Tuesday, March 13, 2012

Time to end discrimination in schools

While we're on the subject of court cases, the Office of Human Rights Proceedings will take IHC's case over systematic discrimination against the disabled in the education system:

The rare step is a significant milestone as IHC seeks a declaration that the Education Ministry and schools are treating intellectually and physically impaired pupils unlawfully.

If IHC is successful, the Government could be found in breach of the Human Rights Act and face orders for compensation.

It is nearly four years since the complaint was first lodged with the commission. The stage is now set for years more legal action and appeals.

IHC claims the state education system is failing pupils with special needs and illegally denying them the right to an education at their local schools.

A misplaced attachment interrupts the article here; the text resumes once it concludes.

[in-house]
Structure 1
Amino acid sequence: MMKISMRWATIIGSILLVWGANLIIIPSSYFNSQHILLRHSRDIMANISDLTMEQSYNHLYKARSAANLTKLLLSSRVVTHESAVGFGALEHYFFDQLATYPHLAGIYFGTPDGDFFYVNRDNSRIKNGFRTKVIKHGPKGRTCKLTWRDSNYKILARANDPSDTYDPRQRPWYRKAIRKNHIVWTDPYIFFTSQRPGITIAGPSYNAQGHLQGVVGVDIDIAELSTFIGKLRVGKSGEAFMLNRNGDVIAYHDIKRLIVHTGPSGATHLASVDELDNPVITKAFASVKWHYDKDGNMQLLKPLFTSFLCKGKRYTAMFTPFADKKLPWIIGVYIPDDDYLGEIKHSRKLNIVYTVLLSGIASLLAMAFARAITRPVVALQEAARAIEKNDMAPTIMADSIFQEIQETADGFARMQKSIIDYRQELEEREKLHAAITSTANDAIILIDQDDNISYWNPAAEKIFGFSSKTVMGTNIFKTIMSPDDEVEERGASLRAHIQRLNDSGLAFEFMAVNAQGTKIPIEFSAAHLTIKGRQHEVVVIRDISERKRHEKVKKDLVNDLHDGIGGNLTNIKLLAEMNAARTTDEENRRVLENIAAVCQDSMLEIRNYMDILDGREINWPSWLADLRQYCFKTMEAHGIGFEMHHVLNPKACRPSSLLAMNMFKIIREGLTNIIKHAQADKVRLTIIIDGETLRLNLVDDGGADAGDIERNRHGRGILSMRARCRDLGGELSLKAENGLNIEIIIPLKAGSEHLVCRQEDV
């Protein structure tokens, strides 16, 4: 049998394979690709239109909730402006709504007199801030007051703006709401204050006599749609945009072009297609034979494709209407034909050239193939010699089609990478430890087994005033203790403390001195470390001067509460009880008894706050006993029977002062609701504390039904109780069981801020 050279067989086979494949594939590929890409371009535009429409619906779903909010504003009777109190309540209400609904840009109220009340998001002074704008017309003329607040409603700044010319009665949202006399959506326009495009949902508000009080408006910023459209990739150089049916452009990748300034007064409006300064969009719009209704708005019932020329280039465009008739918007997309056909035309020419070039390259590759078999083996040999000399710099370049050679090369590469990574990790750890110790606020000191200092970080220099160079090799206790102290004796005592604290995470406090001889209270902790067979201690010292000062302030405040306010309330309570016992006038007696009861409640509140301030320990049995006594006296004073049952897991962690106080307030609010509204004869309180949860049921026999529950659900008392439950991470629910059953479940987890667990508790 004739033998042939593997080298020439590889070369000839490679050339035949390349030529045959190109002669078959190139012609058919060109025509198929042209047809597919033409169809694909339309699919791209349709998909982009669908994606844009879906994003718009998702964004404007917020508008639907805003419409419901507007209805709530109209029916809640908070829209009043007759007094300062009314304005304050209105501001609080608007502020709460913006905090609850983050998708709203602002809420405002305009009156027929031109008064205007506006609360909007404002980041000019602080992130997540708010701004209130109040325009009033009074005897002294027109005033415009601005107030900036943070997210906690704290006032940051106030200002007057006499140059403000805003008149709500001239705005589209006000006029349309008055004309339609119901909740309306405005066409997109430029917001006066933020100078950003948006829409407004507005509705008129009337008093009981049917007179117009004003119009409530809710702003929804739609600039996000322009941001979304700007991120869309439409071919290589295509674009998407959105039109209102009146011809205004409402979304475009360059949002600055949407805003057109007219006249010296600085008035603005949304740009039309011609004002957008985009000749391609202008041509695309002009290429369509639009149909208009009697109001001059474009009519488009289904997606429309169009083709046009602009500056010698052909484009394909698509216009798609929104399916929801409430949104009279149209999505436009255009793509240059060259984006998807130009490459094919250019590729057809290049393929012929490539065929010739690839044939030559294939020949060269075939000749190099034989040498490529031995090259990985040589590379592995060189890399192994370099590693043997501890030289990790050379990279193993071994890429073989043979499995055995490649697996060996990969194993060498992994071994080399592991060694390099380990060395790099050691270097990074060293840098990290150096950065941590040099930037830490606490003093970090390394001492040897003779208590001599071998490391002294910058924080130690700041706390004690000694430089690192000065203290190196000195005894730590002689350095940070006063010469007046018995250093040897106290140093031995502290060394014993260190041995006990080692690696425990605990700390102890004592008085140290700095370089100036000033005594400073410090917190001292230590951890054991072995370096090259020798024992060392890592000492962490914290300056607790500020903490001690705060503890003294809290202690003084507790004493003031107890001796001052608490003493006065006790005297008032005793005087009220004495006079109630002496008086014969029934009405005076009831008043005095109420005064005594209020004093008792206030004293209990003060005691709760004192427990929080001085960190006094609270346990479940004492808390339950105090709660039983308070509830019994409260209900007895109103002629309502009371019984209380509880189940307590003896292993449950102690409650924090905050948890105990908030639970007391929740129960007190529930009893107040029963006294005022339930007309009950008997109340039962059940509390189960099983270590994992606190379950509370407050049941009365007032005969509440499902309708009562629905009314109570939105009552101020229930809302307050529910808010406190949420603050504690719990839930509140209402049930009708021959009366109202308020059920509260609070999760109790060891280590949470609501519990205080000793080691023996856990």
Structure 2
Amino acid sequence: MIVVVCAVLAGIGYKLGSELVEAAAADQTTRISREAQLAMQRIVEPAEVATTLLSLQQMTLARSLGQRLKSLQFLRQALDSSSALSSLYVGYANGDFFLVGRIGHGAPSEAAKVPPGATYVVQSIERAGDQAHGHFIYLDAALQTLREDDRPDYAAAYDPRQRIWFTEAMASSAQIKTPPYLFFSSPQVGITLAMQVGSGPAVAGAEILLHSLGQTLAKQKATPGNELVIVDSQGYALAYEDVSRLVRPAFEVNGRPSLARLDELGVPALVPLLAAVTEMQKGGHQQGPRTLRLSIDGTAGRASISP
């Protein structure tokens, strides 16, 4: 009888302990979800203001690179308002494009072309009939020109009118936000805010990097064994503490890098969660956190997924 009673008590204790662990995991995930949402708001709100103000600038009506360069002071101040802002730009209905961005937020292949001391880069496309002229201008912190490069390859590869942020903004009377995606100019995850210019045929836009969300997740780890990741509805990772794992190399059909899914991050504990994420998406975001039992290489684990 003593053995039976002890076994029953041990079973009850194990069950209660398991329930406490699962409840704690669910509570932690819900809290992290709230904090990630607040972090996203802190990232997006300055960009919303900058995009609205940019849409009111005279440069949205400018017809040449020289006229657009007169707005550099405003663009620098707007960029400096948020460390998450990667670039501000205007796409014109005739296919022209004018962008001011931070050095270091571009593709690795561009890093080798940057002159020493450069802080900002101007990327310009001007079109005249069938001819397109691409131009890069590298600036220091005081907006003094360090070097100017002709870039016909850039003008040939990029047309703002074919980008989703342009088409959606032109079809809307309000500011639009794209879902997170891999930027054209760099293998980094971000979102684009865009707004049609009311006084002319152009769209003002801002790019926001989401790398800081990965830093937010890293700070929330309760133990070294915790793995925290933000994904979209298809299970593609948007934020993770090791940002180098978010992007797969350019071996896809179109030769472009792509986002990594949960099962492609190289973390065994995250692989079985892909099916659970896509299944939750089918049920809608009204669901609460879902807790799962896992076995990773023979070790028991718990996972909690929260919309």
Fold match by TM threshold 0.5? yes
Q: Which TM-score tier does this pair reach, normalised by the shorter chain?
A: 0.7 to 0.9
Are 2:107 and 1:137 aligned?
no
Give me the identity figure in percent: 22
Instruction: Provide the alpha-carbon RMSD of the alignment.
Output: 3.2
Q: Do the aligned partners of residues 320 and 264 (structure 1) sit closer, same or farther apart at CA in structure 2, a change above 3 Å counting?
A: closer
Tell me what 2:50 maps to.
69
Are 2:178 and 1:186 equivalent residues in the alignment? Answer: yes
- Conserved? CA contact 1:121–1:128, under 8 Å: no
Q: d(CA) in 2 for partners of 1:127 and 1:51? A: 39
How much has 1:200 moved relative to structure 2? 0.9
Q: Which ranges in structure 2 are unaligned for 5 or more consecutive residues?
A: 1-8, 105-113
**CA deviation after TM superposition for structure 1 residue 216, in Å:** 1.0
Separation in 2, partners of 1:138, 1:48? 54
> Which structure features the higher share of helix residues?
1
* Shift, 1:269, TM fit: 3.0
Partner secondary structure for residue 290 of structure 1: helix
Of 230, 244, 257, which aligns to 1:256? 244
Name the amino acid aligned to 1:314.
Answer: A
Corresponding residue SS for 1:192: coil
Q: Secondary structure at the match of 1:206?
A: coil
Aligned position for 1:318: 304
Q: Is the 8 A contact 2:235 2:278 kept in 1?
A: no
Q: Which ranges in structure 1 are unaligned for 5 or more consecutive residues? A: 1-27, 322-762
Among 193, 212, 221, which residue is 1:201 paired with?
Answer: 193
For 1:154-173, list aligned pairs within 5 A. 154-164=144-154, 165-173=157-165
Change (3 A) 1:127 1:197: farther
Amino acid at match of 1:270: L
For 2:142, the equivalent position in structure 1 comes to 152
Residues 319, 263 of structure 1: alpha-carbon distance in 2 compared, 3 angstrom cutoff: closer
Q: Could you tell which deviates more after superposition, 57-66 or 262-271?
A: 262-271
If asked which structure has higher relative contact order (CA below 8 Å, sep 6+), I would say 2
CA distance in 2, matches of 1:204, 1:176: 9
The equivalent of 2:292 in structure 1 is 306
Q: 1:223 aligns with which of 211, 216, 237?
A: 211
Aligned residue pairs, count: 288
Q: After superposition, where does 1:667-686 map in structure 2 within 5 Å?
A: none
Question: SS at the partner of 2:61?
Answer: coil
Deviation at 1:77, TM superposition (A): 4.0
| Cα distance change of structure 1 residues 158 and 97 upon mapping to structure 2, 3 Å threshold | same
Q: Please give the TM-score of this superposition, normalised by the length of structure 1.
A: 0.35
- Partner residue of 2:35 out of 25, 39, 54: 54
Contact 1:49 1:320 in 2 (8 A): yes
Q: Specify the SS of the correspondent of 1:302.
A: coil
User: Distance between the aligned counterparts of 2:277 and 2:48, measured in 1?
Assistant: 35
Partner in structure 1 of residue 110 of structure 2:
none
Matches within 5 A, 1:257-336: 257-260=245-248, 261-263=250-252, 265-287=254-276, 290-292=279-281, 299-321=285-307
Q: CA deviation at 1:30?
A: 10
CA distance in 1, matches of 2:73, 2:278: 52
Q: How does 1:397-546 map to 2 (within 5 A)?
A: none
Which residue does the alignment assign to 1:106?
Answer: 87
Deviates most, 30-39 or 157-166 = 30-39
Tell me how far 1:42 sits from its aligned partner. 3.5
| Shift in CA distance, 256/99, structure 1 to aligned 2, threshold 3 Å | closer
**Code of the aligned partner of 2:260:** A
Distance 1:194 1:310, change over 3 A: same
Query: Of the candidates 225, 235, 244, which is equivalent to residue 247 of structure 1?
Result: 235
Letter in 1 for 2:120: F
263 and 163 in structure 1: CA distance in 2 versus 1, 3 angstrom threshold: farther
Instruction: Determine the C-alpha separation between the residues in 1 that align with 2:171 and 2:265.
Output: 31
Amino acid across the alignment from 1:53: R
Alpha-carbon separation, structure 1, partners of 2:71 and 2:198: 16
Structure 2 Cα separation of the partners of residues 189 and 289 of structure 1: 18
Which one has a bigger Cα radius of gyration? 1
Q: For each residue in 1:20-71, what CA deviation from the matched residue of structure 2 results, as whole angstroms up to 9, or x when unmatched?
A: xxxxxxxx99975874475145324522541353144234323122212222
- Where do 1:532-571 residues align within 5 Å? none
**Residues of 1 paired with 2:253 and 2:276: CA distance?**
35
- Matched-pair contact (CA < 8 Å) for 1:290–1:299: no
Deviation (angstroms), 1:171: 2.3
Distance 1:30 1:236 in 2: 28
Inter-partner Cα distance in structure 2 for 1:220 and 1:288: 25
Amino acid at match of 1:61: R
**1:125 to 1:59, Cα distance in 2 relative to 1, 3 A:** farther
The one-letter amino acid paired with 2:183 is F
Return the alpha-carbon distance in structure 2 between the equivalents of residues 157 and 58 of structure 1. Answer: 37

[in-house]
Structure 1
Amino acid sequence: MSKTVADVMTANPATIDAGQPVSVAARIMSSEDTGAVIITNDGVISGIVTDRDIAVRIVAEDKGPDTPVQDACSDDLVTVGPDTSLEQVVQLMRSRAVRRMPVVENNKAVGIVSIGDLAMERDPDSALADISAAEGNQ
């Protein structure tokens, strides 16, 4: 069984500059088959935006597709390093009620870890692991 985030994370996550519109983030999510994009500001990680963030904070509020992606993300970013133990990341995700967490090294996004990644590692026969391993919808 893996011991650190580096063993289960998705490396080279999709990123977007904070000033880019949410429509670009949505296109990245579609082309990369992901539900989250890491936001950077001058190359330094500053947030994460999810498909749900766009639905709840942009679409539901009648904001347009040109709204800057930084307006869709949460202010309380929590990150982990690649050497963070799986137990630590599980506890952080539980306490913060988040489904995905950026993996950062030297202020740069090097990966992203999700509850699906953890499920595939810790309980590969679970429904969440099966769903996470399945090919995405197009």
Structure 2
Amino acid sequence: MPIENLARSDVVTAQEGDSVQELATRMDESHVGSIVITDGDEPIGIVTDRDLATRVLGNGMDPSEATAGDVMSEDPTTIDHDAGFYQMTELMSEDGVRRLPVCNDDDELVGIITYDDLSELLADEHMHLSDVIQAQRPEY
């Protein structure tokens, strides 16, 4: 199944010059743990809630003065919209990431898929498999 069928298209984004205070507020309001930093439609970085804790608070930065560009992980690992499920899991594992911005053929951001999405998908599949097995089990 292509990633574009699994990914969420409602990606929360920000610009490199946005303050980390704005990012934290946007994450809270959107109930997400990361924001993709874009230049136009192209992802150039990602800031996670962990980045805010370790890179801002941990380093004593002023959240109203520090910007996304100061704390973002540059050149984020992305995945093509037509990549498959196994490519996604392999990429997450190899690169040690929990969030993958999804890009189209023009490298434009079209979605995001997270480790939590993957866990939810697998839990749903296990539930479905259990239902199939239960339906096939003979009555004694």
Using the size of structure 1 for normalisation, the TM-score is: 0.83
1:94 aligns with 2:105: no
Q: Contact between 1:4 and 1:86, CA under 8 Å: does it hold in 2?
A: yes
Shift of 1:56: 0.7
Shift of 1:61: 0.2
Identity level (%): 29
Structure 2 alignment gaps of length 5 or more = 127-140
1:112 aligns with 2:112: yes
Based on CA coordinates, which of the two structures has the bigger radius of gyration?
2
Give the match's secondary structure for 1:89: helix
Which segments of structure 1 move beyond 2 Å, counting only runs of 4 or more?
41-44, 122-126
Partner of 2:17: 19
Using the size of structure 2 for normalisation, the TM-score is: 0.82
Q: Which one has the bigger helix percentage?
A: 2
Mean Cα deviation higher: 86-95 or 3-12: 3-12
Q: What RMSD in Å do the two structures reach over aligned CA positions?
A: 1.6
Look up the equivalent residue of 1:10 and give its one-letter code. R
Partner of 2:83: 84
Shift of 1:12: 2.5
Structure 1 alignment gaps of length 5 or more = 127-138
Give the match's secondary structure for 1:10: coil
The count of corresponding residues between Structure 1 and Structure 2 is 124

While the article talks about compensation, that's not the point. The aim is to get the government to end these practices by schools, not merely compensate their victims. Even if the practices are permitted by law, there's still a remedy, as the Human Rights Review Tribunal can issue a declaration of inconsistency, which requires a response to Parliament.

From the article, its pretty clear that what the schools are doing is both immoral and illegal. The government should settle and fix the problem as quickly as possible. But that would cost serious money, so instead they're going to squander millions of dollars of taxpayer's money fighting a losing case, simply in the hope they can outlast their victims.